Unexcusedviolation of the statute constitutes breachExcuses vary by court; an excused violation is not negligent:oIncapacityoNo Knowledge of Occasion for Compliance (rear break light out)oInability after reasonable diligence to complyoEmergencyoCompliance involves greater risksStatutory violation creates presumption of breach but defendant may try to prove application of a specific acceptable excuse Statutory violation creates presumption of breach but defendant may try to show reasonable care notwithstanding statutory violation 17
Violation of a statute by a minor may be introduced as evidence of negligence as long as the jury is clearly instructed that the special’s child standard of care is the proper standard to be applied to a minor Express Presumption of NegligenceInstead of excuse will rebut with: Reasonableness under all the circumstancesPresumed negligent; burden is shifted to defendant to rebut and show by a preponderance of the evidence.Evidence of Negligence (minority)Violation merely evidence of breach, standard remains reasonable person standard, violation is considered by jury as evidenceStandard of care remains the reasonable person but defendant’s violation of a relevant statute goes to jury as part of the breach determination §2.07 PROOF OF NEGLIGENCEJudge will establish substantive rules.Judge will be gatekeeper, ensure at every step (proc. postures) there is sufficient evidence to let case keep going.Jury decides what was foreseeable and unreasonable in that situation.P has burden to prove breach by a preponderance of the evidenceCircumstantial evidence= evidence from which a reasonable inference may be drawnoEx. speed of car inferred from length of skidCirc. Evid. Important in 2 contexts to survive a directed verdict motion:oSlip and fall casesoRes ipsa loquitur “the thing speaks for itself”[A] CIRCUMSTANTIAL PROOFTest of Rationality: Where the existence of the fact to be inferred appears more probable than its nonexistence, the jury will be permitted to decide whether the inference should be drawnClark v. Kmart: smashed grapes on floor caused P to slip & fall. Time from checkout closing was an hour, reasonable inference that grapes were there over an hour and therefore D should have known of danger.Fact finder must draw an inference from circumstantial evidence as to the existence of a factAn inference must be a rational one P must show a duty and breach of that duty, and circumstantial evidence can help show this breach[B] RES IPSA LOQUITUR18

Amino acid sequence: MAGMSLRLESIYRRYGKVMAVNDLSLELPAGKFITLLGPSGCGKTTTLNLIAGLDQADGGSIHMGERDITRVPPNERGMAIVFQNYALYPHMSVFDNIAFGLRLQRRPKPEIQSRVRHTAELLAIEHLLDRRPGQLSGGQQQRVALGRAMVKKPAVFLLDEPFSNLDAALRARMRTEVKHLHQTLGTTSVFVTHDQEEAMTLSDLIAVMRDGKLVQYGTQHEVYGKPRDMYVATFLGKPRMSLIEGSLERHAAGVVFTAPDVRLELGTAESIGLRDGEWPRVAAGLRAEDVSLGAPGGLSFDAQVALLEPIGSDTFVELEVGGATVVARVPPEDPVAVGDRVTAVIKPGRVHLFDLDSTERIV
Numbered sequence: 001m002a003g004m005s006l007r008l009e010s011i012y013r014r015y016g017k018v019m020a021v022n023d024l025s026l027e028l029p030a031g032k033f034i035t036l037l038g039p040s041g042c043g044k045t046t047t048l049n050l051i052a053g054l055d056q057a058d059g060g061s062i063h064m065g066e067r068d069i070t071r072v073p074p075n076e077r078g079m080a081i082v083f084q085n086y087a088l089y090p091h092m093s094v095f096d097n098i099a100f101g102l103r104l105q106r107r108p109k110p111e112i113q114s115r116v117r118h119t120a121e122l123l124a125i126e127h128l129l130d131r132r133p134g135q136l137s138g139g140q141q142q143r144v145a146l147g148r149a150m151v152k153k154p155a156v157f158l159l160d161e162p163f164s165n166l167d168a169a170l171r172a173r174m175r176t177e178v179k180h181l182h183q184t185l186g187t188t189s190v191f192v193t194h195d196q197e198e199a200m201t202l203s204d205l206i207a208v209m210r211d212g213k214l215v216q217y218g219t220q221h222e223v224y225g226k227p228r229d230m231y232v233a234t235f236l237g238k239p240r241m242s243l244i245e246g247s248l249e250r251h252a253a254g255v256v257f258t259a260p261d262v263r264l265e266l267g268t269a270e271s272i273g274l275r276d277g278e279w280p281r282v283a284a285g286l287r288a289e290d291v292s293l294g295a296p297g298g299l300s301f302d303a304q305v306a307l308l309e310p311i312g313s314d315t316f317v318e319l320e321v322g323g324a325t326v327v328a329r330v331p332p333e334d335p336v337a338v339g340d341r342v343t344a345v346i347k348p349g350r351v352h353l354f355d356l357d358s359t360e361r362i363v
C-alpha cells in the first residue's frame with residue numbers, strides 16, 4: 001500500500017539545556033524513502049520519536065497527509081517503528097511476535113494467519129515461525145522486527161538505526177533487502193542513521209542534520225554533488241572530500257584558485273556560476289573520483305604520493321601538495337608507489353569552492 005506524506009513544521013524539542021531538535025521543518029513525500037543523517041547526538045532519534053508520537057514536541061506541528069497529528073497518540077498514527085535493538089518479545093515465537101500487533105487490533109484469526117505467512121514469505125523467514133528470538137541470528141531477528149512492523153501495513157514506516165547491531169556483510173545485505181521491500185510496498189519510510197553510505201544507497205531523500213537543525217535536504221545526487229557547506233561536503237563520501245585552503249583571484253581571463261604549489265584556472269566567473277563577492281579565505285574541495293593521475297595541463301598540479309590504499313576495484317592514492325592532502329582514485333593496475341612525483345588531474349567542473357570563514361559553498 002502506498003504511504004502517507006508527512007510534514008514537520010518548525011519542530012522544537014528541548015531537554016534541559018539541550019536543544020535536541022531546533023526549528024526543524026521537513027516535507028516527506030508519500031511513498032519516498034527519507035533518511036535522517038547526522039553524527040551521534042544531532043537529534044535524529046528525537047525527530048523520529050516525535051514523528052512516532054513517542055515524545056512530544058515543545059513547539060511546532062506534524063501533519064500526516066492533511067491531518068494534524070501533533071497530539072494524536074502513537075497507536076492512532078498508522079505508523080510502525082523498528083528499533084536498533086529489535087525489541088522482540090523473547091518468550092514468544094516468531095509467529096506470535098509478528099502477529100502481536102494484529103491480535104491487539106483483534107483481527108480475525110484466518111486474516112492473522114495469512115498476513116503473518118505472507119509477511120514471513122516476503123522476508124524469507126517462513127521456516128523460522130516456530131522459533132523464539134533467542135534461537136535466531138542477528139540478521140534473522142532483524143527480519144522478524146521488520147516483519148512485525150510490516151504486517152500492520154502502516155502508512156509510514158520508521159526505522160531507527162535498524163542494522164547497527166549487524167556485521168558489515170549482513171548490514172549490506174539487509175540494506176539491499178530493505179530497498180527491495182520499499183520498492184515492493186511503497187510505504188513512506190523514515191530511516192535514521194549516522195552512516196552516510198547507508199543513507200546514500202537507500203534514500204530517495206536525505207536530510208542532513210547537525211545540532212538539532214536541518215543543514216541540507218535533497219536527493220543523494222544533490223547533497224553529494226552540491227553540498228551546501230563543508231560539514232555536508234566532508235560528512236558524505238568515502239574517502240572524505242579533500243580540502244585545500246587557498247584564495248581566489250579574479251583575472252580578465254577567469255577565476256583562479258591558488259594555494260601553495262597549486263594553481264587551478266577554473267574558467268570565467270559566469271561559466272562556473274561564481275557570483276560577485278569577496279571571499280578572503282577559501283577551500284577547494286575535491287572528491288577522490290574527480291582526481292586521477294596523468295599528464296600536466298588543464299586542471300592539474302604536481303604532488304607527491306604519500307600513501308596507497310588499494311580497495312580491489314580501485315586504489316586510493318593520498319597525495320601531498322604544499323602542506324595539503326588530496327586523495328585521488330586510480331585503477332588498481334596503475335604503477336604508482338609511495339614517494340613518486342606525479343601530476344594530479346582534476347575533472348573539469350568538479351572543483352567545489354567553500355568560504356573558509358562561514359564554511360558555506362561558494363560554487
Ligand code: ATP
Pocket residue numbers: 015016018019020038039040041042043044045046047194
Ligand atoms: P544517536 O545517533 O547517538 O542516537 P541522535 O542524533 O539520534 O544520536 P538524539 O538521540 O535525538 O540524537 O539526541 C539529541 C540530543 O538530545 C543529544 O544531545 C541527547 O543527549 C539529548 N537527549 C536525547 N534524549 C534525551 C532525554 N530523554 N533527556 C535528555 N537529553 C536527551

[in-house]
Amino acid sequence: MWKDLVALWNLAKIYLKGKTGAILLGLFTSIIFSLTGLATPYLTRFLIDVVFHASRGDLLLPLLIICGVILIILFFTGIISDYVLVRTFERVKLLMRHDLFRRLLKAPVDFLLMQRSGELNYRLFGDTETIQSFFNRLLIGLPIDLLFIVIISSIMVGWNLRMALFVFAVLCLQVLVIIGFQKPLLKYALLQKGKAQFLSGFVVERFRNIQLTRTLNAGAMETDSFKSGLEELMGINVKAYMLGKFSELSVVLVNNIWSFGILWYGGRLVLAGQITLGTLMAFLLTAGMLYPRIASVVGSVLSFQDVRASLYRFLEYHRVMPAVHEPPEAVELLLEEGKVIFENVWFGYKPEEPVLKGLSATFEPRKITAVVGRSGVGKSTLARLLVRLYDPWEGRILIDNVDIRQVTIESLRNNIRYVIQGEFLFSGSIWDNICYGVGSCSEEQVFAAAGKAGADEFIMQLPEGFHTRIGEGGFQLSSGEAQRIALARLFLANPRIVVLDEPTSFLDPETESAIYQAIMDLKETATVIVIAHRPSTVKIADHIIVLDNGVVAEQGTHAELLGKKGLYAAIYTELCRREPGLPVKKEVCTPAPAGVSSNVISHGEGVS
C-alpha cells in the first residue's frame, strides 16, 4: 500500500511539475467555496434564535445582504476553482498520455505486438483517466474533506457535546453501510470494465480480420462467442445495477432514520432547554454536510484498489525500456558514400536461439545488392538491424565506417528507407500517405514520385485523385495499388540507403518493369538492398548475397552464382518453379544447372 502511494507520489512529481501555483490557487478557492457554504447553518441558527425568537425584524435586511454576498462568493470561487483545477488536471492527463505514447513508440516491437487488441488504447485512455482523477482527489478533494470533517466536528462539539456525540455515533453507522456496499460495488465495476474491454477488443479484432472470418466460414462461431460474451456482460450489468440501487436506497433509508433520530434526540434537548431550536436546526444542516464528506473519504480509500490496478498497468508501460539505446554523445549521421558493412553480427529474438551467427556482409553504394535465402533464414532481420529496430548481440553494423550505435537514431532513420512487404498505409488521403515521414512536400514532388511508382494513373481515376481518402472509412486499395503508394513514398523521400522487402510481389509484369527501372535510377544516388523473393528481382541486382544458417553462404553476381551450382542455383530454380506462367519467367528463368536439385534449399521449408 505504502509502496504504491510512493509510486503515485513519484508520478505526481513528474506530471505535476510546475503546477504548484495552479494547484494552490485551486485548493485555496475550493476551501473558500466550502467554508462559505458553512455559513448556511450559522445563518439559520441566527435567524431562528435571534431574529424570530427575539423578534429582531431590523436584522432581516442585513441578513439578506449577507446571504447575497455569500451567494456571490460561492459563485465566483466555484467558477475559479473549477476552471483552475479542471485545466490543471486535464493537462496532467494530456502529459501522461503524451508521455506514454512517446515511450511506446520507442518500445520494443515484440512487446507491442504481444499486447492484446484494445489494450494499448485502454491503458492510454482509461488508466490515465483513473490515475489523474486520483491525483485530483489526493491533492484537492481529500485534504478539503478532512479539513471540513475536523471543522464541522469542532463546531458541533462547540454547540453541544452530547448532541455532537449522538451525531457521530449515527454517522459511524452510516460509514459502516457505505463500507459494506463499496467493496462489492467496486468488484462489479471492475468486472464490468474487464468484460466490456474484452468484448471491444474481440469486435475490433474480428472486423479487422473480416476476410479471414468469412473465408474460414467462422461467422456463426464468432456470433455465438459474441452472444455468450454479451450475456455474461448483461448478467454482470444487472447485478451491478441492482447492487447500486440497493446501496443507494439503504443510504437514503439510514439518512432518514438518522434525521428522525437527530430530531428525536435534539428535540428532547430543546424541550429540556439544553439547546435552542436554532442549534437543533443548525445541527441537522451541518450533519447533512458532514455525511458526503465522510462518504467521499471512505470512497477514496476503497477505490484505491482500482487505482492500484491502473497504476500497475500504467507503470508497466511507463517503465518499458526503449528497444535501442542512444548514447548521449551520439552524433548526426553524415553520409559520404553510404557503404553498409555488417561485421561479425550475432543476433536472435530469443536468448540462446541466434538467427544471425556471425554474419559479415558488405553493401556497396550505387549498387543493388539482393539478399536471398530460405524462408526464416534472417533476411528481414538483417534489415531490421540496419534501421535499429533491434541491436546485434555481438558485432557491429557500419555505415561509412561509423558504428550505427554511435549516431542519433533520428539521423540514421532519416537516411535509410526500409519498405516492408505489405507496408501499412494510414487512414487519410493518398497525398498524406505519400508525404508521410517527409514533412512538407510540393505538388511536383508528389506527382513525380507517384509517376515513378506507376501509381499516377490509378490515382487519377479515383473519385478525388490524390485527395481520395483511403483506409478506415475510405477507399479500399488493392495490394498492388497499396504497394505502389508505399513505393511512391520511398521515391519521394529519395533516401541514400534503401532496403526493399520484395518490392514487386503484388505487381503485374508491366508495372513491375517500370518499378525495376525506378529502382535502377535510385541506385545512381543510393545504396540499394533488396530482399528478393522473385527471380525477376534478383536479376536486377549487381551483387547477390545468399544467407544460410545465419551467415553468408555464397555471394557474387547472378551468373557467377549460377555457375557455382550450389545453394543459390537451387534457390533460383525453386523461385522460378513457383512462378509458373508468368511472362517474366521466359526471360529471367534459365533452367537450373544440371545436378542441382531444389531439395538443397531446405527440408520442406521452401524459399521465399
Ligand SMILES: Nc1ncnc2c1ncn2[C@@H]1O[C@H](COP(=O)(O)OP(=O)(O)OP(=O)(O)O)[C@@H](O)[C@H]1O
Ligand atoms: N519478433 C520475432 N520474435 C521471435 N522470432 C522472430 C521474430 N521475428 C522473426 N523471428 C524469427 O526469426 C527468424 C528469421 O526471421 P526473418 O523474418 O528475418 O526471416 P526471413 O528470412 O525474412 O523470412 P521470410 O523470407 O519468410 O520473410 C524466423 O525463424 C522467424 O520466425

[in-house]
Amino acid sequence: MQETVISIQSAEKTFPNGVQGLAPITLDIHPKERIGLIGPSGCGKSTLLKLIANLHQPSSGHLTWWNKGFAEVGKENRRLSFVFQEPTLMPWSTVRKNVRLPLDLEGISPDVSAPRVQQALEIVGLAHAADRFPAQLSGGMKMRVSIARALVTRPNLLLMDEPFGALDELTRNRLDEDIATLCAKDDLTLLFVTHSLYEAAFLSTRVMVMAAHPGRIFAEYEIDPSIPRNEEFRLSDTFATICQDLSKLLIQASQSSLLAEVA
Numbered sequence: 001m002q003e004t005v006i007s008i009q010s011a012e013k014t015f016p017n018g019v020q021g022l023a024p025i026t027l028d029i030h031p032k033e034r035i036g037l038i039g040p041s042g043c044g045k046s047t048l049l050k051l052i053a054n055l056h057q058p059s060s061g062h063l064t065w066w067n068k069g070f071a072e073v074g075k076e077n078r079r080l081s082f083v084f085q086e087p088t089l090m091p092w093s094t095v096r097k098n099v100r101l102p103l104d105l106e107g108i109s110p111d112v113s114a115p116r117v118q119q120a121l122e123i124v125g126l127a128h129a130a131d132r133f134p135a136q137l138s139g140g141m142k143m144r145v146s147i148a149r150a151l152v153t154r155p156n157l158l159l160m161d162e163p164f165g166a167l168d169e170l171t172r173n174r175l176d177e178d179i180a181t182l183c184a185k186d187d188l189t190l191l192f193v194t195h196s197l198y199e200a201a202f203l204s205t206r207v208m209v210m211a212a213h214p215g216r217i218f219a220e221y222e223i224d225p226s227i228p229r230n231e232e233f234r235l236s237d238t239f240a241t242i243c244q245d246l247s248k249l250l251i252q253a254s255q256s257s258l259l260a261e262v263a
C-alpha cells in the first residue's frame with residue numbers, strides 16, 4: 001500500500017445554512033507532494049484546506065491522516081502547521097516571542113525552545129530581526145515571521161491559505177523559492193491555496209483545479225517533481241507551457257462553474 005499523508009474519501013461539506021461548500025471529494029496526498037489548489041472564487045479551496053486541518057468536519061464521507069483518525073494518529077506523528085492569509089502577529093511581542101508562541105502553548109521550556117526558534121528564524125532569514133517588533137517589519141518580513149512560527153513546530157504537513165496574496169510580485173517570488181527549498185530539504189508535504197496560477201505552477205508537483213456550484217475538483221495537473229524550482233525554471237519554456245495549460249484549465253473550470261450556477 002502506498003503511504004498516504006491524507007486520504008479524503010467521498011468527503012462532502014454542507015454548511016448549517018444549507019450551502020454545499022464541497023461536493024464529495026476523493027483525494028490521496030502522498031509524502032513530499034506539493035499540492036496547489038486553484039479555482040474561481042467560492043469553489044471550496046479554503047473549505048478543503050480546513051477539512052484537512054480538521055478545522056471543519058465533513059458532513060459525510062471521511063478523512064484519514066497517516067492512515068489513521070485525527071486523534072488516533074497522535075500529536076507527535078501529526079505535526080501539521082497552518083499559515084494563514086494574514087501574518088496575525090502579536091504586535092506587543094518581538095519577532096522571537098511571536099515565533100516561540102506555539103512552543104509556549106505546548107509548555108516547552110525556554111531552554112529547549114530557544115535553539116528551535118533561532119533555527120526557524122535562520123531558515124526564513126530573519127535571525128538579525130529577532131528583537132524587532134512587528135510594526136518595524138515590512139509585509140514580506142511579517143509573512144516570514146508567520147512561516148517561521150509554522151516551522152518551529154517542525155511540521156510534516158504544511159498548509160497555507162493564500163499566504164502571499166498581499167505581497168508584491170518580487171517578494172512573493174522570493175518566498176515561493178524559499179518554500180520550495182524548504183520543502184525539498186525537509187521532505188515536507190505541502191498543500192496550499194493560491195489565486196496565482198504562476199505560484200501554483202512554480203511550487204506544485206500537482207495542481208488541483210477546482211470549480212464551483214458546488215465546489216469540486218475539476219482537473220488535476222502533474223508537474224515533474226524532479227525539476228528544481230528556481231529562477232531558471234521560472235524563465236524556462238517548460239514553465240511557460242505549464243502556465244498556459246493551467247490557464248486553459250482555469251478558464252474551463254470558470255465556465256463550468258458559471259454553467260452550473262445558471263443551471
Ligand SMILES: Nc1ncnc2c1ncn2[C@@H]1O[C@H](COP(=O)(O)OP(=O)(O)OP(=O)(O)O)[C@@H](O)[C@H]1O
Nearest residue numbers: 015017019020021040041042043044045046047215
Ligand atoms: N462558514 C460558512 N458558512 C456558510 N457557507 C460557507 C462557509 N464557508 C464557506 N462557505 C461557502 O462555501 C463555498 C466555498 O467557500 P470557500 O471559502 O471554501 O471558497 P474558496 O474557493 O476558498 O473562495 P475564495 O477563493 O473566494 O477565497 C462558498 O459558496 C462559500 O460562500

•Res ipsa always gets you passed a Directed Verdict•RIL: it is more likely than not that someone was negligent and more likely than not that the someone was the ∆•Permits the drawing of an inference and prevents the ∆’s own negligence from precluding its own liability•RIL lessens the burden of proof that the ∏ has to prove •3 Conditions: 1) Accident must be of a kind which ordinarily doesn’t occur in the absence of
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- Fall '14
- Marie Boyd
- Tort Law, frat party